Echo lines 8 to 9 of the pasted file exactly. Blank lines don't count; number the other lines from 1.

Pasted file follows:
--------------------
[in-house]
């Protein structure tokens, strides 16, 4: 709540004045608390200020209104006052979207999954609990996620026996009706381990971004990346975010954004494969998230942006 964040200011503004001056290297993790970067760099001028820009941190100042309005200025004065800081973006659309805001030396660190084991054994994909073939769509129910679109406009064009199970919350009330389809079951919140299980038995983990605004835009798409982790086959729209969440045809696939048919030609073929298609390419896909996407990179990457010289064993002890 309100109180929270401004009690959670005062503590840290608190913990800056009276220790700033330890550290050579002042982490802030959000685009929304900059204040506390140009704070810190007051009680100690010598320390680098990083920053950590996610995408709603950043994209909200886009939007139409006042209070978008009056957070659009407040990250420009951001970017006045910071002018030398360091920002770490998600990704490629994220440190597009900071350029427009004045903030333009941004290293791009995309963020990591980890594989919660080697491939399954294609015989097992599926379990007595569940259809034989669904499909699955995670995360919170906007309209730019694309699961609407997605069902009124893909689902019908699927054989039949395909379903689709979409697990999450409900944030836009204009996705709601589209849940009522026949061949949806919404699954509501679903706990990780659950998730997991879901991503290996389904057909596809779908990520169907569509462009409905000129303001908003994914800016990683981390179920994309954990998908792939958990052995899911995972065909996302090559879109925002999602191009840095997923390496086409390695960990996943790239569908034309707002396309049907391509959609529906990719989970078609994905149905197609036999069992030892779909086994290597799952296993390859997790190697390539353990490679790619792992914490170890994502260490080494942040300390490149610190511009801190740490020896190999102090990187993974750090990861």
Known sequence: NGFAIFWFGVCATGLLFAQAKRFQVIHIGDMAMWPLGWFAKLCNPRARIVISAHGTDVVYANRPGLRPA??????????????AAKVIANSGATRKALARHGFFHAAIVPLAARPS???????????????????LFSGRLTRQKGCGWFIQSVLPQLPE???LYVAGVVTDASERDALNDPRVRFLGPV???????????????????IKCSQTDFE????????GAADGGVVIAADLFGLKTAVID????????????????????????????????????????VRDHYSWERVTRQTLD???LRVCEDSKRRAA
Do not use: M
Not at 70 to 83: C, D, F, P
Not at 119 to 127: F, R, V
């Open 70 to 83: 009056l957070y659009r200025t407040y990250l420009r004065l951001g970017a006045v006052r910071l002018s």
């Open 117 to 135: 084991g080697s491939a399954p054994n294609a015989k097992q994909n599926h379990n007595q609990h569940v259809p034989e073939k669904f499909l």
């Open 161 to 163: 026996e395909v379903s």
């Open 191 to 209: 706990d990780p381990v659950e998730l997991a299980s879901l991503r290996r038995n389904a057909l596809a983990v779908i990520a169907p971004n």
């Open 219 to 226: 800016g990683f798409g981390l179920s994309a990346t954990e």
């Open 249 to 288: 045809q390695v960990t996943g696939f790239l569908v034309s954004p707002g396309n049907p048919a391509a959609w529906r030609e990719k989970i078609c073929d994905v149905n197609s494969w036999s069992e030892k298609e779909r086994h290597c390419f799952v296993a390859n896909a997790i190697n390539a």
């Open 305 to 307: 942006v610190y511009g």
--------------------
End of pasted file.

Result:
């Open 117 to 135: 084991g080697s491939a399954p054994n294609a015989k097992q994909n599926h379990n007595q609990h569940v259809p034989e073939k669904f499909l």
């Open 161 to 163: 026996e395909v379903s």